Books & magazines
Like the best books, a city that considers itself to be even a little literary needs to have something for everyone. As a UNESCO City of Literature and a bonafide book nerd, Melbourne hits the spot with more bookshops per head than anywhere else in Australia.
Browse through the stalwart independent bookstores in the heart of Melbourne, like Paperback Bookshop, Hill Of Content, and Readers Feast. Author appearances and book festivals and a commitment to local writers make them worth the ink they're written in.
Vintage finds, secondhand books or marked-down latest reads can be picked up at the weekly Federation Square Book Market or within the ordered subterranean chaos at City Basement Books. Kay Craddock sees those pre-loved books and shrugs, offering access to antiquarian titles dating as far back as the fifteenth century.
Avid readers with particular hobbies and areas of interest are in luck in Melbourne, with a host of specialist bookstores outweighed only by iconic and memorable places in which to read them.
Keen cooks can stock up on culinary literature, imported cookbooks and out-of-print recipes in the Books For Cooks larder. The rarest reads will confer instant credibility at any of Gertrude Street's fanciest eateries.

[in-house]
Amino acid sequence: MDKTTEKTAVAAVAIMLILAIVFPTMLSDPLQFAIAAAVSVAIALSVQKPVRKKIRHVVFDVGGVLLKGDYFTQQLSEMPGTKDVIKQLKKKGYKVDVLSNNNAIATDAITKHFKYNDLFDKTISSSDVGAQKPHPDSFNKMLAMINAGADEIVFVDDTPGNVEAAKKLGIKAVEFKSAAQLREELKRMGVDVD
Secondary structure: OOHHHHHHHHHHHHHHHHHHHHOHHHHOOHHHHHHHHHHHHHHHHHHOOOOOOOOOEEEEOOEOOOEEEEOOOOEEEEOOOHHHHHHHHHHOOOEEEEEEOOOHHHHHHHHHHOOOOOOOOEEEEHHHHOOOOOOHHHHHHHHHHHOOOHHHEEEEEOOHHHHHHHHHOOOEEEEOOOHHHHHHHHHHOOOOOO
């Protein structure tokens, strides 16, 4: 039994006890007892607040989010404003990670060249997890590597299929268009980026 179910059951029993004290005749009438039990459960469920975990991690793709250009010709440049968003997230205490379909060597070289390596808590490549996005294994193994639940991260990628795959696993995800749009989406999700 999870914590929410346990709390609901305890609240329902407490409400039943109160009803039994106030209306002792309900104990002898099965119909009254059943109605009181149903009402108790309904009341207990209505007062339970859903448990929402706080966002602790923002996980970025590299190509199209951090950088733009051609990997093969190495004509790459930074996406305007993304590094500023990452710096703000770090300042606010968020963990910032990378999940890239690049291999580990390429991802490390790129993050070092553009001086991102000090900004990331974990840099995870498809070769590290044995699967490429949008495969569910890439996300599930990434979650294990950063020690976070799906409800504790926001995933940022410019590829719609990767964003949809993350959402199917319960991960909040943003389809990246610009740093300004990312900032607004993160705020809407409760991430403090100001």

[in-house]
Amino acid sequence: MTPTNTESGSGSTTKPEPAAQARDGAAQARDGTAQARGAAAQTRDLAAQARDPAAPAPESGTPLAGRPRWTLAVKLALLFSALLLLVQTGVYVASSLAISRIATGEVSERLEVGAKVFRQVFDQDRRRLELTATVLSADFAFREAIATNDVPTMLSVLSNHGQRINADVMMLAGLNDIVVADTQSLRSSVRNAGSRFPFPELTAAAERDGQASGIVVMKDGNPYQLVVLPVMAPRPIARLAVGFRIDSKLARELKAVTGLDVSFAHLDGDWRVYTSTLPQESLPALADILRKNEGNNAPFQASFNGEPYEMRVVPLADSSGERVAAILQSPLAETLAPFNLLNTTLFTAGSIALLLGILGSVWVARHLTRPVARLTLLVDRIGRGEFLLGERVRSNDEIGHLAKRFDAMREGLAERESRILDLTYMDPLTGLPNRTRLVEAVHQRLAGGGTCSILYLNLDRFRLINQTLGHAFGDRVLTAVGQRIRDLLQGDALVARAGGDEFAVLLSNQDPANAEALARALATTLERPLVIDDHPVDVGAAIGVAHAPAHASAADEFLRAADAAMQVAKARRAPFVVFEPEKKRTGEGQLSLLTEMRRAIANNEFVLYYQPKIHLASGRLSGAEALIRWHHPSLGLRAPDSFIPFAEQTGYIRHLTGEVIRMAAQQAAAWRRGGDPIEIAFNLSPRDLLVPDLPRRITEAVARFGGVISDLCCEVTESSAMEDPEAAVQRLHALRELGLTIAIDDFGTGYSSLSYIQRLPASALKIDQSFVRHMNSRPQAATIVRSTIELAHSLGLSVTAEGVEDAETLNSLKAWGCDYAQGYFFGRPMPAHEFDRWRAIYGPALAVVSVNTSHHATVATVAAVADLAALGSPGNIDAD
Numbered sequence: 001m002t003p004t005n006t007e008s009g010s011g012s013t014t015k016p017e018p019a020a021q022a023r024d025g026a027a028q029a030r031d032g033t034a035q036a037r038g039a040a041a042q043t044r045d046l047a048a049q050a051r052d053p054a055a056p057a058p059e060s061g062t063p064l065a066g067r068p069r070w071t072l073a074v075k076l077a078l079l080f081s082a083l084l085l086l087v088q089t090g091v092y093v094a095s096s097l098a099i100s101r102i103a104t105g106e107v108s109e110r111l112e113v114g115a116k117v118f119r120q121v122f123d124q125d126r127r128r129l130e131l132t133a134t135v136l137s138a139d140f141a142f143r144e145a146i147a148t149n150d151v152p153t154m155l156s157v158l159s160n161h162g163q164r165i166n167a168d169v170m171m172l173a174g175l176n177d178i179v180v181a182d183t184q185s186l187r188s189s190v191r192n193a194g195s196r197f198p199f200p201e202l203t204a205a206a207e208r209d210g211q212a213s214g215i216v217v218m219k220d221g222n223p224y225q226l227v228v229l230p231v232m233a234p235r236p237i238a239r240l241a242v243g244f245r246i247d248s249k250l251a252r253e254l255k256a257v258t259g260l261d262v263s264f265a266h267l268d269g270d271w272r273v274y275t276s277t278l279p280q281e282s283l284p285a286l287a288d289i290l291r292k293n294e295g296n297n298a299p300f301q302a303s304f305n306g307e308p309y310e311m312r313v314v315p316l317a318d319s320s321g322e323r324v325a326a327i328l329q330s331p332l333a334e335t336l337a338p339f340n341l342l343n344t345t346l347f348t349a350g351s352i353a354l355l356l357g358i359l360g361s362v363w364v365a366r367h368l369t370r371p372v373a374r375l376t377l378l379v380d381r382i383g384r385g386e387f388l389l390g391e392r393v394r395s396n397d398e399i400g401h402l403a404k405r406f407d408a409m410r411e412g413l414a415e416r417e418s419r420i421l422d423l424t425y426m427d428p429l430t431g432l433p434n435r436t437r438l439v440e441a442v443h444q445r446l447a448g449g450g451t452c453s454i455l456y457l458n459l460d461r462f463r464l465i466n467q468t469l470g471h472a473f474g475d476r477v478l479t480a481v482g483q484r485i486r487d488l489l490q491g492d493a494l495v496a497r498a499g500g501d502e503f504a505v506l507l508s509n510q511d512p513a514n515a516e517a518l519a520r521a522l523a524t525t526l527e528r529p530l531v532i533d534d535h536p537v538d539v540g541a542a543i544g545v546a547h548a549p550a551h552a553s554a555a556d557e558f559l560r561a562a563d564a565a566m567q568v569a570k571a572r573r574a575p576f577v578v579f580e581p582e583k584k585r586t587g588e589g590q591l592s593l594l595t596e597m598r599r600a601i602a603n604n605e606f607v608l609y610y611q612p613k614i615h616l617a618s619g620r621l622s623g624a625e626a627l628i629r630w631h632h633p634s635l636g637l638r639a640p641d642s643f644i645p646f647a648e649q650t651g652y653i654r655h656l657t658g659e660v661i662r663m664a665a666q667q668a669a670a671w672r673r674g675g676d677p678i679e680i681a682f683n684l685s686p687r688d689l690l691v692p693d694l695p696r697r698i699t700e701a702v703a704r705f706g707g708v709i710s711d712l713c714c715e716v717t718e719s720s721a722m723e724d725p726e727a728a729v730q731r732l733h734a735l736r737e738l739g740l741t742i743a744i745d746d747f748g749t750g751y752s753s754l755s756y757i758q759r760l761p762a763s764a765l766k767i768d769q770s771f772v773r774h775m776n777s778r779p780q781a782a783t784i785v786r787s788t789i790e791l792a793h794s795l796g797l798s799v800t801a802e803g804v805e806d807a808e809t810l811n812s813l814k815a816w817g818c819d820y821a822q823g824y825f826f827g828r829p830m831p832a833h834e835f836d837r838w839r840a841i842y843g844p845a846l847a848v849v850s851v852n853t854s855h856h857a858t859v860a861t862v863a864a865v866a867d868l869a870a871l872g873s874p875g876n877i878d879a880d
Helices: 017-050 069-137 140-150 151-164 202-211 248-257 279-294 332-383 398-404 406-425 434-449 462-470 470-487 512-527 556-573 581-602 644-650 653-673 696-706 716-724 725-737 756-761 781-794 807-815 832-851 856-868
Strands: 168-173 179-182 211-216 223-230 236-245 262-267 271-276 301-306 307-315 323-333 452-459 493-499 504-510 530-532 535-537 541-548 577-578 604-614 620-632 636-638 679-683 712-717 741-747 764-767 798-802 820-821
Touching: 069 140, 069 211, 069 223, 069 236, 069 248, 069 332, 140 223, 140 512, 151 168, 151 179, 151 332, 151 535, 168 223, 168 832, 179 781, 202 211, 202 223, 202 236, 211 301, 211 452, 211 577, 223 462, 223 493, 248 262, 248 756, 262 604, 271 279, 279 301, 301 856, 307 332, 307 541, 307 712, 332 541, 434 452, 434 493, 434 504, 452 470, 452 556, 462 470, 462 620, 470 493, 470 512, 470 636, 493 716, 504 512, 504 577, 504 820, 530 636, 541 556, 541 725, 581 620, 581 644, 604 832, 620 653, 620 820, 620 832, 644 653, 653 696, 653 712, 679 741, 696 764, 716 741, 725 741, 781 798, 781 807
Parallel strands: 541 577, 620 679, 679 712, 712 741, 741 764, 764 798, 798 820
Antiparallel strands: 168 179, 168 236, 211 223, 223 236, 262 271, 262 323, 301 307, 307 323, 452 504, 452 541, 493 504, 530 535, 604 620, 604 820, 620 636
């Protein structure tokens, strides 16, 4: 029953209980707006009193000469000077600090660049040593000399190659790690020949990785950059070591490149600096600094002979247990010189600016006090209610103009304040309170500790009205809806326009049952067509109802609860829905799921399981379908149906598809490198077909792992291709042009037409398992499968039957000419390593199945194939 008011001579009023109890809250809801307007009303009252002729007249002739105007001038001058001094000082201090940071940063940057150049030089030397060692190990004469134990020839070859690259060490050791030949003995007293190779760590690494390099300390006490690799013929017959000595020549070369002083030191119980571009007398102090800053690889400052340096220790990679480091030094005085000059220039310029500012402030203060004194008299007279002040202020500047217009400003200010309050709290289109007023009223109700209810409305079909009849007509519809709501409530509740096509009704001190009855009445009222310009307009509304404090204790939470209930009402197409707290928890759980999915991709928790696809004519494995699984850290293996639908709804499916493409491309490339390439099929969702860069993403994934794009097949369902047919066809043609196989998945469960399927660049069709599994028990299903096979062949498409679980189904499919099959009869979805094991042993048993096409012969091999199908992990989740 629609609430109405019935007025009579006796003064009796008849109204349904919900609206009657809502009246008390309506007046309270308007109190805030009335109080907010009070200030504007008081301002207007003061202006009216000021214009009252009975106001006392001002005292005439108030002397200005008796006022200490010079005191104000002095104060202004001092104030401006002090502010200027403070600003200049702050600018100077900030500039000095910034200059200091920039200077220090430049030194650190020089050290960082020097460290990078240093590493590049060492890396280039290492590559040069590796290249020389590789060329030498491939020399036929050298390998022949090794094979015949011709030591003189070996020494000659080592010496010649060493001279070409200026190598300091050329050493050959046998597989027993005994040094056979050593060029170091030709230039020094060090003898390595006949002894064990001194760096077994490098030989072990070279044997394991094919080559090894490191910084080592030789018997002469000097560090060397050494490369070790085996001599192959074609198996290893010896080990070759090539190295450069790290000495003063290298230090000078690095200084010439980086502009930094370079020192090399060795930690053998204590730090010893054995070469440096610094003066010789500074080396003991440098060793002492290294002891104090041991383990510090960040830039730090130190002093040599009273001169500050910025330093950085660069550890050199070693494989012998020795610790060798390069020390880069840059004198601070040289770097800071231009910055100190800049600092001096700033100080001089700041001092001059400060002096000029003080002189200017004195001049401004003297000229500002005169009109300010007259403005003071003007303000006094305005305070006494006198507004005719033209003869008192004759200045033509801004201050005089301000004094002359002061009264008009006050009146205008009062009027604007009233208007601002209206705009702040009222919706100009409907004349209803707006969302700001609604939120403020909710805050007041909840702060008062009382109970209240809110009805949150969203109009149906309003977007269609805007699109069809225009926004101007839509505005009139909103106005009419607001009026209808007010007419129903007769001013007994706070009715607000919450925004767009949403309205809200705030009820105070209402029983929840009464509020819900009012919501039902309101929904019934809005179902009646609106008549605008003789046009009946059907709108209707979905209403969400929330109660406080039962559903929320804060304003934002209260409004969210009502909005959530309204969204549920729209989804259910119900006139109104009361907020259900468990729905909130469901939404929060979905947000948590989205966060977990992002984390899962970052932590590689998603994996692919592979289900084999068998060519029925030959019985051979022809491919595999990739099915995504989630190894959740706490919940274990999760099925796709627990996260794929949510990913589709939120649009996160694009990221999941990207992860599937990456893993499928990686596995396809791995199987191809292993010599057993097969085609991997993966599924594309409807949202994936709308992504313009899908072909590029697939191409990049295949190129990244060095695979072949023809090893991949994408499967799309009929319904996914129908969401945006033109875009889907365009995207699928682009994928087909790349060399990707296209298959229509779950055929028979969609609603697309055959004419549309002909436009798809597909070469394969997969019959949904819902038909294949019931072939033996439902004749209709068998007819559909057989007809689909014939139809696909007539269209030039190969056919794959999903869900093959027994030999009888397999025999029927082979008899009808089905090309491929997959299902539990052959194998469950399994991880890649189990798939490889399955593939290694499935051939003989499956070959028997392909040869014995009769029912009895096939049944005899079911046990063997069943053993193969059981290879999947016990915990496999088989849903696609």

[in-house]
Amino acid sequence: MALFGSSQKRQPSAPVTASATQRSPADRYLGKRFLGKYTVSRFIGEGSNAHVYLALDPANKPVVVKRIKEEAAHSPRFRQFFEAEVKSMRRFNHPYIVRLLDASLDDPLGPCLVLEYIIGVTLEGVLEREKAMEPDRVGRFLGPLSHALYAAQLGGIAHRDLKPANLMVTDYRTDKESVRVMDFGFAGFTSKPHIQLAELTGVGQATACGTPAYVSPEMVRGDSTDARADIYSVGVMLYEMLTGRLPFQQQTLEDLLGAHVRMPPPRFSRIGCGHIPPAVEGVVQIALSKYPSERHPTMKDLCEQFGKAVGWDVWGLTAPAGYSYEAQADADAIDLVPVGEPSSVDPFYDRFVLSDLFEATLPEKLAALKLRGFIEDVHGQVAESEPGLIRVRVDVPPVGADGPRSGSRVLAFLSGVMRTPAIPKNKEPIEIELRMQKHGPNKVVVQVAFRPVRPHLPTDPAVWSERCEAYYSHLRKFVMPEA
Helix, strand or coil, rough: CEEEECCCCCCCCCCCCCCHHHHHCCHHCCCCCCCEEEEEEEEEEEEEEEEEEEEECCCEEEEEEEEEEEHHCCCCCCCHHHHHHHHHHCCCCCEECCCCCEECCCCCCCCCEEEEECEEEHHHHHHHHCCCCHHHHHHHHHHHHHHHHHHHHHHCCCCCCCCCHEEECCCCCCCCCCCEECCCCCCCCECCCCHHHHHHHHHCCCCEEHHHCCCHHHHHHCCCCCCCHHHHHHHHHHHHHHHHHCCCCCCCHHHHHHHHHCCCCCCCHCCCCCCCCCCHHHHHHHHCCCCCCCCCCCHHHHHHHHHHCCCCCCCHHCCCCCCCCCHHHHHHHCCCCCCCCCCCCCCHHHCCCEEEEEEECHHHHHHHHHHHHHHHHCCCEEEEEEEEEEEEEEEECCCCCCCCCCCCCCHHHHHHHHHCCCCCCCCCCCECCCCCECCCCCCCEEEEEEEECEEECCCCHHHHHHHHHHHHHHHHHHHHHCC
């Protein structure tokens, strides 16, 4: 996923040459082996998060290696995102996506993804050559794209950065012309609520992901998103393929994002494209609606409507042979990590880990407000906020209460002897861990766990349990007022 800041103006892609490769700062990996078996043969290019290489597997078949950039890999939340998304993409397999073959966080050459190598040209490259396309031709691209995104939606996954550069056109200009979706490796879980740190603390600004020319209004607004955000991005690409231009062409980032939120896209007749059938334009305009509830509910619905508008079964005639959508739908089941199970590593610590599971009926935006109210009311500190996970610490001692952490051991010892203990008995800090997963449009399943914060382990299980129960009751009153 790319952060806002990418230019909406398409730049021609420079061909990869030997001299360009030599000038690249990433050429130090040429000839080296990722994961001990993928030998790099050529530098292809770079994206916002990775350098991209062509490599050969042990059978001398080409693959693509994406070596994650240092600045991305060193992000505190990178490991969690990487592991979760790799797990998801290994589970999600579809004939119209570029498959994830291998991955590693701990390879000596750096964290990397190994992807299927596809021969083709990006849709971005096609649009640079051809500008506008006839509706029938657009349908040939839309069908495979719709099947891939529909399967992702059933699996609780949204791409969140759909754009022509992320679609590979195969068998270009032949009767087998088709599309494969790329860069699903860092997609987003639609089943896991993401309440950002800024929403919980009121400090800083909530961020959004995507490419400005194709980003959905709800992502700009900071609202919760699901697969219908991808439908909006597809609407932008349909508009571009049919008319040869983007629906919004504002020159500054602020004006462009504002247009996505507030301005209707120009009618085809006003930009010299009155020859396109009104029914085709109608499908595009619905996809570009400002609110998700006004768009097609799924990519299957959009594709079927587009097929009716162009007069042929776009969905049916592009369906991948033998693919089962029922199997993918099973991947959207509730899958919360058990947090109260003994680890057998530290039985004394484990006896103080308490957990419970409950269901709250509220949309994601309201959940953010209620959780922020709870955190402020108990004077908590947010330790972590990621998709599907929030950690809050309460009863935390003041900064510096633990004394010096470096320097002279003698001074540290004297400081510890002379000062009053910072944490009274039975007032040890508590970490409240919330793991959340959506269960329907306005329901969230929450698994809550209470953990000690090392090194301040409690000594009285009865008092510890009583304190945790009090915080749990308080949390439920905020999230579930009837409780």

A climb to Metropolis Books in Curtin House is rewarded with a veritable world of art, graphic design, architecture, photography, fashion and textiles, popular culture, film, music and performing arts books. Keep climbing up to Rooftop Bar for maximum reading pleasures.
Inspired by the great libraries of the world (including, no doubt, Melbourne's own splendid State Library) Embiggen Books sells an ever-changing, curated collection of excellent new books with a nod to the page on which art meets science.
The most bookish junior readers are included in Melbourne's booming book scene, with The Little Bookroom – reputedly the world's oldest children's bookshop - leading the way when it comes to imaginative, colourful kids' books.
If flicking through Melbourne's bookshops still isn't literary enough for you, get along to the regular readings and discussions at the Wheeler Centre for Books, Writing and Ideas and inhale the dusty historic pages in the imposing State Library. And if you still need to breathe and eat books, get stuck into The Moat bar and cafe, Mr Tulk cafe, or Journal cafe.